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Meta announces updates to WhatsApp and Messenger that will take a privacy-centric approach to building interoperable messaging services

Meta announced updates to WhatsApp and Messenger, which will use a privacy-centric approach to build an interoperable messaging service to comply with the new European Union law, the Digital Markets Act (DMA). WhatsApp will require third-party clients to provide proof of ownership of visible identifiers to third-party users when connecting or joining. This proof is built by encrypting and signing identity verification tokens with a signature from a third-party service. WhatsApp uses the standard OpenID protocol (with some minor modifications) and JSON Web Token (JWT Token) to verify user-visible identifiers by periodically obtaining public keys from third-party servers. Additionally, according to Brytfmonline, this update will allow integration of Web3, blockchain dApps, and other social networks with WhatsApp.

Reality Labs, the Metaverse division of Meta, suffered a loss of US$4.65 billion in Q4 2023, with revenue of nearly US$1.1 billion.

Tech giant Meta's Q4 2023 earnings report showed that its Reality Labs division had a loss of $4.65 billion and revenue of nearly $1.1 billion in the previous quarter. This was the largest quarterly operating loss for the division since Q4 2020, when Meta first included Reality Labs' financial data in its reports. Reality Labs' total revenue in 2023 was slightly below $1.9 billion, with over half of that revenue coming from Q4 when it released Meta Quest 3. Its total operating loss for 2023 was $16.1 billion, a YoY increase of 17.5%. Meta CFO Susan Li stated that due to the development of AR and VR products and "further investment in expanding the ecosystem," Reality Labs' losses are expected to "significantly increase YoY." Additionally, Meta's total revenue for 2023 was $134.9 billion, exceeding the expectations of Wall Street research firm Zacks and growing 16% from 2022.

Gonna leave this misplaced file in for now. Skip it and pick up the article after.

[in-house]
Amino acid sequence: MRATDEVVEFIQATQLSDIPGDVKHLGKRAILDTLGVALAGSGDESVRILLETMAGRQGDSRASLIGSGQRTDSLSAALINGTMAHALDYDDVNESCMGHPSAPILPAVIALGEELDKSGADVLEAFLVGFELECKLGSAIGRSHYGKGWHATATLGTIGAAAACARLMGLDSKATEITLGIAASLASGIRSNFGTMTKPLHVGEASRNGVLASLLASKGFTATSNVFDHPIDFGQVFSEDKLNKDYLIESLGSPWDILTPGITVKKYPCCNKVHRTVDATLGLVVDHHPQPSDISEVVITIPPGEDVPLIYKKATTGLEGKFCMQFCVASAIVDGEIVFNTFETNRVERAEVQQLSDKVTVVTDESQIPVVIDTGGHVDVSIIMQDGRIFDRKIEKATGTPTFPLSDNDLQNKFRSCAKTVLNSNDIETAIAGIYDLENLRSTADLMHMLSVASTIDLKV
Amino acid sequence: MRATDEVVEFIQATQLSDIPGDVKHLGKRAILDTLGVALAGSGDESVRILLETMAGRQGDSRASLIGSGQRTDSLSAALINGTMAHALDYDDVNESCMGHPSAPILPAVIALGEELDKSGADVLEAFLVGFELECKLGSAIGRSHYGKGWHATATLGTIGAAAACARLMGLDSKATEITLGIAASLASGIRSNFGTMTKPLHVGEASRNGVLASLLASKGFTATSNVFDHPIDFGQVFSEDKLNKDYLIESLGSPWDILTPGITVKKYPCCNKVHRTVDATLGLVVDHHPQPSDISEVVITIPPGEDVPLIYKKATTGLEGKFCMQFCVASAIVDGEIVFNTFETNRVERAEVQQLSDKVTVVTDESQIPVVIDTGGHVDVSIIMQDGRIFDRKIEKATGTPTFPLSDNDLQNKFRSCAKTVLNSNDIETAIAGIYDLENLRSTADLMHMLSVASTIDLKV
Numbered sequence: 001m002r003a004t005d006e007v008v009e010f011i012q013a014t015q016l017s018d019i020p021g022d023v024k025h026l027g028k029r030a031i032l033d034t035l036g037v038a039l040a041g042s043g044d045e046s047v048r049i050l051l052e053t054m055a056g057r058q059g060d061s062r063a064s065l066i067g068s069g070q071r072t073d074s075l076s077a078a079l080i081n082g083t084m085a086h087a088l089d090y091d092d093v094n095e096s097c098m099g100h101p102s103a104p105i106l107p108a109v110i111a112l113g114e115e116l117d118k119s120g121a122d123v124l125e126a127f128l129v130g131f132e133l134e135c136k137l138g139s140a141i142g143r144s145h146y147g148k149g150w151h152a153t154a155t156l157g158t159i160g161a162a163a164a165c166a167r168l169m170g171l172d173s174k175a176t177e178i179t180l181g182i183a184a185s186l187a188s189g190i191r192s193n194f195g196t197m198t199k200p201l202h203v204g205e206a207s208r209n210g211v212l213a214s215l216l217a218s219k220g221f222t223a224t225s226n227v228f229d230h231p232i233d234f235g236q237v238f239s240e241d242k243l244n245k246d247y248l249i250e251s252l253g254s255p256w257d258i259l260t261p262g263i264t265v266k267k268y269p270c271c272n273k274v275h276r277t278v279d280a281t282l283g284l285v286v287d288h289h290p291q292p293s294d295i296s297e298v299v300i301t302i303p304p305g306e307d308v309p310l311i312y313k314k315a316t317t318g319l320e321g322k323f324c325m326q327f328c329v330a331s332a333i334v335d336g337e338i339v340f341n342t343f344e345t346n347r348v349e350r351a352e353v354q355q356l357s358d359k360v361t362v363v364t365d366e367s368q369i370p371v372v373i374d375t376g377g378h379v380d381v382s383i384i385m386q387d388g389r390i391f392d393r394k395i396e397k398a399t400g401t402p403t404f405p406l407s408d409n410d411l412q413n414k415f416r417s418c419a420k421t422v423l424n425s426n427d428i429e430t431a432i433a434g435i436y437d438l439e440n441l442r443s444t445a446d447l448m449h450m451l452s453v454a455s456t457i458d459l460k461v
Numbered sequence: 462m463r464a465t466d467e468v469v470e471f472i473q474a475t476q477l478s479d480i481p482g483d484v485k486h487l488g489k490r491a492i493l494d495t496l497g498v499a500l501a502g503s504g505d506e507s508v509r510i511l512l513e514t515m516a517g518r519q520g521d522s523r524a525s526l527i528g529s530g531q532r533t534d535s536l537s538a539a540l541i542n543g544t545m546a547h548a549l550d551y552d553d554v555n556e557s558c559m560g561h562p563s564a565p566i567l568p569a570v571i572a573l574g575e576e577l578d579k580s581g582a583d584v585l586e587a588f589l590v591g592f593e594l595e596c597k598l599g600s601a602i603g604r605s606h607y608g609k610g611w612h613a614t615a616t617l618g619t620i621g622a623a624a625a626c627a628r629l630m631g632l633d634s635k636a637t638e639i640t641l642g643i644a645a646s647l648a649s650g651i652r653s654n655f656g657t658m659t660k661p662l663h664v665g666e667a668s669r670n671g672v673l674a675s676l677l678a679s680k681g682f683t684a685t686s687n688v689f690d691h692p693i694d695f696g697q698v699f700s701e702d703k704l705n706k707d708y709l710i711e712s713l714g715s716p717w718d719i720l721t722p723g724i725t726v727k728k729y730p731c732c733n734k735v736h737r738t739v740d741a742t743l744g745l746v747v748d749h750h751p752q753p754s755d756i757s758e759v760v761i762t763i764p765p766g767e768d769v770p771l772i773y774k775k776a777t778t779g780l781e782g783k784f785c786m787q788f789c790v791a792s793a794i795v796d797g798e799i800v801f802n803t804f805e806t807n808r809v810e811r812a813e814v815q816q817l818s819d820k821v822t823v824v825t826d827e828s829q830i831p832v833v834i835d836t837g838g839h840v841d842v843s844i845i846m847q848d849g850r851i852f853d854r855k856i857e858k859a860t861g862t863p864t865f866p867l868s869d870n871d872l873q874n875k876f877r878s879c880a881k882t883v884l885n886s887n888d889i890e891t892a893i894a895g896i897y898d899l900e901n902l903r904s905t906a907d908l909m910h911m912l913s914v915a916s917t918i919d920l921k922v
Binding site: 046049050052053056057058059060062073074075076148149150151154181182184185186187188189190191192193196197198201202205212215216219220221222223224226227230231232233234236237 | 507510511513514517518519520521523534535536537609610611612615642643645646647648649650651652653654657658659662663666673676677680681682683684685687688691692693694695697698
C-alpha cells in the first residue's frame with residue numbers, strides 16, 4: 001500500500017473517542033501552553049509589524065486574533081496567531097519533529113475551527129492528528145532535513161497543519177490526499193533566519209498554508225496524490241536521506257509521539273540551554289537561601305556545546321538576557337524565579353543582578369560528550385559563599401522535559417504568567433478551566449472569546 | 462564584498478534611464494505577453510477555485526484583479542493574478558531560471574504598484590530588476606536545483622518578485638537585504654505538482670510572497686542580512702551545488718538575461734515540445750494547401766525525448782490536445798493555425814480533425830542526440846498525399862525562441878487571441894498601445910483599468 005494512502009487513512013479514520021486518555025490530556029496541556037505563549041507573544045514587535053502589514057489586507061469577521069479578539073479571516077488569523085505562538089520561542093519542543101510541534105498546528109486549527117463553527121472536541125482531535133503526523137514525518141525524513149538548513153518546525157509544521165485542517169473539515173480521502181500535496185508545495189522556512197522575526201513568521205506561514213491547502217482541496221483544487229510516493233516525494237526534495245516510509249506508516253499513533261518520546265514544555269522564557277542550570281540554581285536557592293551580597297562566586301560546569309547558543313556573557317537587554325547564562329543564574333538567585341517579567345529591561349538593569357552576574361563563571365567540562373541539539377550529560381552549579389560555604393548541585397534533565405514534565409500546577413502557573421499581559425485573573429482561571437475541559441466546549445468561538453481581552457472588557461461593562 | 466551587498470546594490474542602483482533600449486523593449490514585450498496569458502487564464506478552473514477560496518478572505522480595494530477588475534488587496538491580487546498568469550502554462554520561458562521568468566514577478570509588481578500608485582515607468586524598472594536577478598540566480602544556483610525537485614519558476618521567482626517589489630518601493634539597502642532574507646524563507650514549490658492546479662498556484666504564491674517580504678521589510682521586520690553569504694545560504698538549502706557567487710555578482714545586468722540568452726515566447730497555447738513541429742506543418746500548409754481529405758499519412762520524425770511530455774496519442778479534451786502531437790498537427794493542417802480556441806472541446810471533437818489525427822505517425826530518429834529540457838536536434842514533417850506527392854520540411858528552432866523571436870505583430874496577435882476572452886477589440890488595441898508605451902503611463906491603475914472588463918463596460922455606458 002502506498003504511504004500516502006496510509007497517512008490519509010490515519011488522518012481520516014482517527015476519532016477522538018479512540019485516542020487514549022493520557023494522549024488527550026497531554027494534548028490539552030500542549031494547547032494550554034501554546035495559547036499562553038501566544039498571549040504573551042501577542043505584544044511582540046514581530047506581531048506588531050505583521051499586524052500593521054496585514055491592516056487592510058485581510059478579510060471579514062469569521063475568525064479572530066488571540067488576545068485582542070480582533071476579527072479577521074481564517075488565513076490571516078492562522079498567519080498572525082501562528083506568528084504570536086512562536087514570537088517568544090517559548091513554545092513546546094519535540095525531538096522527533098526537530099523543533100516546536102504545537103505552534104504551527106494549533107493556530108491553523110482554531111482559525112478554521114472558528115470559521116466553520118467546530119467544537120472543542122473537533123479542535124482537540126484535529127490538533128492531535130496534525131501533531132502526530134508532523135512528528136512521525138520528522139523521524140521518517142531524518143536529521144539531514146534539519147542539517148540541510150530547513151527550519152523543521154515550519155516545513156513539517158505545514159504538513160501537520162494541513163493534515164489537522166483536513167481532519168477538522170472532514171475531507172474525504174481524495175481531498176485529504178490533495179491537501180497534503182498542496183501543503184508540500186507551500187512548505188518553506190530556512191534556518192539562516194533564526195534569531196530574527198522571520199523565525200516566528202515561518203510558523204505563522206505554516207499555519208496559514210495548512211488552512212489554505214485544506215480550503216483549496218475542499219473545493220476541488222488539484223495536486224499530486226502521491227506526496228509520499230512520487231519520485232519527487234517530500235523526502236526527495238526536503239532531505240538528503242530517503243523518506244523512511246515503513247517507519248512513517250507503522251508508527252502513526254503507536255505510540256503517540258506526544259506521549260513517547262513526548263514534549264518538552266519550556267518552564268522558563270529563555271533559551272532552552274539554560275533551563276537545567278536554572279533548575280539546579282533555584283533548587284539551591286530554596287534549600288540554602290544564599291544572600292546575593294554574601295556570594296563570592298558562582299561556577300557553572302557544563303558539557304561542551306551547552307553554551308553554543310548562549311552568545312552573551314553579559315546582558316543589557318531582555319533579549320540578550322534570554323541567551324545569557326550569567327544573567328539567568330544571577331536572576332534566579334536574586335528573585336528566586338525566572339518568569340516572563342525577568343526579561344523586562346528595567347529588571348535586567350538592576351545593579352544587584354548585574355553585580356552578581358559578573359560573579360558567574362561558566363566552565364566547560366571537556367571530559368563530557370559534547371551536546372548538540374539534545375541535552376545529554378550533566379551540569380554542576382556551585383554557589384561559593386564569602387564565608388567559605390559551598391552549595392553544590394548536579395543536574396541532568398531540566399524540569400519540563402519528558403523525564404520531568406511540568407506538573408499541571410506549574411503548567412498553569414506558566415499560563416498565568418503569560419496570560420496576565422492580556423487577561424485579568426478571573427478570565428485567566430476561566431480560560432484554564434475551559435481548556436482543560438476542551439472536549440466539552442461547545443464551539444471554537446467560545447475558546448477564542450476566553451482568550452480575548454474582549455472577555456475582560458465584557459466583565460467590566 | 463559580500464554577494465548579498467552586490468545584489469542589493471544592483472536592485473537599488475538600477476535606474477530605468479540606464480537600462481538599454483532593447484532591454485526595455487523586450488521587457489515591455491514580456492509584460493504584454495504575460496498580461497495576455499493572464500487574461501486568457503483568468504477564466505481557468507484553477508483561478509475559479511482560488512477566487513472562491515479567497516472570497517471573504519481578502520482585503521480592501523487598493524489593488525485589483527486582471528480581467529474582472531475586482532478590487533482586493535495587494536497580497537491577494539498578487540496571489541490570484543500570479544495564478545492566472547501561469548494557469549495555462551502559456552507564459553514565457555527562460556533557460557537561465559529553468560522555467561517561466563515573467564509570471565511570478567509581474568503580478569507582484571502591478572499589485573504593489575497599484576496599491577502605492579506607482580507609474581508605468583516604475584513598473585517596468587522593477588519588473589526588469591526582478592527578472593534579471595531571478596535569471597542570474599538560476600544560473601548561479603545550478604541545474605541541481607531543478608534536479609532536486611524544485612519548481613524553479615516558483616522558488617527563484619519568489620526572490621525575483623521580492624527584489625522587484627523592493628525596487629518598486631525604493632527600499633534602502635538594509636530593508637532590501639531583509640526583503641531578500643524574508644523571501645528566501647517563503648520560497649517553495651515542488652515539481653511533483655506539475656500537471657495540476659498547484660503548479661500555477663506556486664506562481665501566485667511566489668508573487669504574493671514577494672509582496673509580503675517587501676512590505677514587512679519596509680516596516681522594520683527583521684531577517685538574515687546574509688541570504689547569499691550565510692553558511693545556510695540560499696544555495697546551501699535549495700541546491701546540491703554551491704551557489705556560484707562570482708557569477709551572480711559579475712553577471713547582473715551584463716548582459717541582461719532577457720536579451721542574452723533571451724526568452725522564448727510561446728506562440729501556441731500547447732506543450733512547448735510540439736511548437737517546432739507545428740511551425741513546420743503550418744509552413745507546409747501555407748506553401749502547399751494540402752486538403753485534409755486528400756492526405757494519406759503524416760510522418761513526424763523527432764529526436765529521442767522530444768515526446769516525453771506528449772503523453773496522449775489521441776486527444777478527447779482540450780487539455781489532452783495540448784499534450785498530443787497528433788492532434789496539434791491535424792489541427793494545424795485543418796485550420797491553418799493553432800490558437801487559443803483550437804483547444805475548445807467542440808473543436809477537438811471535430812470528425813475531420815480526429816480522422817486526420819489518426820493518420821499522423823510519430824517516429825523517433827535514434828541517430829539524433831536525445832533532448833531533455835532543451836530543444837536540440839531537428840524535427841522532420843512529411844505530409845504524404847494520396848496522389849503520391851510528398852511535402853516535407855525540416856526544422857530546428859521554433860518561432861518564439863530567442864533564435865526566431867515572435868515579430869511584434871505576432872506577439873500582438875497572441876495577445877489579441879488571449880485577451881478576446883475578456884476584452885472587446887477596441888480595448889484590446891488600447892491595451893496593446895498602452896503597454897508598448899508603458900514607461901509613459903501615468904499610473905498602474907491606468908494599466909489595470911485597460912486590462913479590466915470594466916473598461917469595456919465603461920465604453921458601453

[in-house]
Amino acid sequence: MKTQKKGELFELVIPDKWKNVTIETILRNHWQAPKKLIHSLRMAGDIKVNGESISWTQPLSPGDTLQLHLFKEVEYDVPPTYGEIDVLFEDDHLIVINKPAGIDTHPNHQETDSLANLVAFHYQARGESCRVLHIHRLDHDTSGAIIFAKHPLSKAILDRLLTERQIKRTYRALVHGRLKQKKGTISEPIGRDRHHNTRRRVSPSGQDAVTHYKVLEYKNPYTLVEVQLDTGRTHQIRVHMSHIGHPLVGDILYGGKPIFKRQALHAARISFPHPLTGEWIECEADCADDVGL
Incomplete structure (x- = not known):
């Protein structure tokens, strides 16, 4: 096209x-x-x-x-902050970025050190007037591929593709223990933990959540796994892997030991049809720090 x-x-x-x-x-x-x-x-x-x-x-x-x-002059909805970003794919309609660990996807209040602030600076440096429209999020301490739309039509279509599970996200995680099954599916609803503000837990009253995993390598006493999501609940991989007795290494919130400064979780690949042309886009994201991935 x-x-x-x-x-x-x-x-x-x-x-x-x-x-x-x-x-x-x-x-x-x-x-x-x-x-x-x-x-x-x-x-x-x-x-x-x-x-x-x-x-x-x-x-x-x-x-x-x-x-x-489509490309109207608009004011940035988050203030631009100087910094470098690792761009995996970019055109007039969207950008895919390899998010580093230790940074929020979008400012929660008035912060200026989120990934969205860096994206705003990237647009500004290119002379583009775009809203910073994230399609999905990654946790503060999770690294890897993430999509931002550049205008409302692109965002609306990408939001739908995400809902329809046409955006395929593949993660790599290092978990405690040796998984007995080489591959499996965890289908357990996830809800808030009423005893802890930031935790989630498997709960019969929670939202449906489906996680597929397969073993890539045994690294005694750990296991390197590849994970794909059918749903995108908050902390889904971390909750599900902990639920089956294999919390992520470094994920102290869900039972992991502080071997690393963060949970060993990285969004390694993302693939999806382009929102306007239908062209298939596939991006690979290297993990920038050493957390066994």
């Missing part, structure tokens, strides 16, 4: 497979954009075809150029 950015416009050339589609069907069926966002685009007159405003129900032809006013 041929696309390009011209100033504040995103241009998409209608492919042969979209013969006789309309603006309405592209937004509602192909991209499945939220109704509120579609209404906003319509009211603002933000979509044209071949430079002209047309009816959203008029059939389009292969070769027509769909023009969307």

Meta settles with Qatari billionaire over crypto scam ads

Tech giant Meta has reached a settlement and publicly apologized to Qatari businessman Wissam al Mana over the use of his image in fraudulent cryptocurrency ads. The ads were posted on Facebook in 2019 by "malicious third parties" without al Mana's knowledge or consent and were deemed "false, misleading, and defamatory." The details of the settlement are currently confidential, but Meta has agreed to take "strong measures" in the future to combat cryptocurrency scams. Al Mana stated that the ads caused damage, trouble, and embarrassment to his reputation. In a statement, Meta expressed regret and offered a sincere and unconditional apology to al Mana for the reputational damage, trouble, and embarrassment caused by these false ads posted by malicious third parties. In addition, al Mana's lawyers have demanded that Meta share the identity information of the buyers of these fraudulent cryptocurrency ads, including their IP addresses, names, and places of residence. (Protos)

Metaverse division Reality Labs' third-quarter operating loss reached $3.74 billion

On October 26th, Meta's metaverse department Reality Labs reported an operating loss of $3.74 billion in the third quarter, with a cumulative loss of nearly $25 billion since the beginning of 2022. Reality Labs also stated that its operating losses in VR/AR will increase significantly year-on-year due to ongoing product development and investments to further expand the ecosystem.